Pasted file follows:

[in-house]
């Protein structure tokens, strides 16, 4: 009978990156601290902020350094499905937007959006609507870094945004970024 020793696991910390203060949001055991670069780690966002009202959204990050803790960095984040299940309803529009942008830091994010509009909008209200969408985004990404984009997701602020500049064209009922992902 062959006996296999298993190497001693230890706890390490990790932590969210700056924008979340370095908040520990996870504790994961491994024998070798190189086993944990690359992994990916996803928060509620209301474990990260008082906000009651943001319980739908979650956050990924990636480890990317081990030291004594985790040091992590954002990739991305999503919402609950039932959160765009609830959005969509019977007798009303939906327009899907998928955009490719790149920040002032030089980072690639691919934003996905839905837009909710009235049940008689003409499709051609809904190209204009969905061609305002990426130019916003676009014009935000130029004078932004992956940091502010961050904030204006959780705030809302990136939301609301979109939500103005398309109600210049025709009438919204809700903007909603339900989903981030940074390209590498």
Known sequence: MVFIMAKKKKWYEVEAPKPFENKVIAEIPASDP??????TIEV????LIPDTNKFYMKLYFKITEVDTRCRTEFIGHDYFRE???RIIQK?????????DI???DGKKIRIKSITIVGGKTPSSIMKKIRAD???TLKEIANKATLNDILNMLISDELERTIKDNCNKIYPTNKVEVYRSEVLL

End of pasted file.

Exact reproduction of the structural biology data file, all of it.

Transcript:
[in-house]
């Protein structure tokens, strides 16, 4: 009978990156601290902020350094499905937007959006609507870094945004970024 020793696991910390203060949001055991670069780690966002009202959204990050803790960095984040299940309803529009942008830091994010509009909008209200969408985004990404984009997701602020500049064209009922992902 062959006996296999298993190497001693230890706890390490990790932590969210700056924008979340370095908040520990996870504790994961491994024998070798190189086993944990690359992994990916996803928060509620209301474990990260008082906000009651943001319980739908979650956050990924990636480890990317081990030291004594985790040091992590954002990739991305999503919402609950039932959160765009609830959005969509019977007798009303939906327009899907998928955009490719790149920040002032030089980072690639691919934003996905839905837009909710009235049940008689003409499709051609809904190209204009969905061609305002990426130019916003676009014009935000130029004078932004992956940091502010961050904030204006959780705030809302990136939301609301979109939500103005398309109600210049025709009438919204809700903007909603339900989903981030940074390209590498």
Known sequence: MVFIMAKKKKWYEVEAPKPFENKVIAEIPASDP??????TIEV????LIPDTNKFYMKLYFKITEVDTRCRTEFIGHDYFRE???RIIQK?????????DI???DGKKIRIKSITIVGGKTPSSIMKKIRAD???TLKEIANKATLNDILNMLISDELERTIKDNCNKIYPTNKVEVYRSEVLL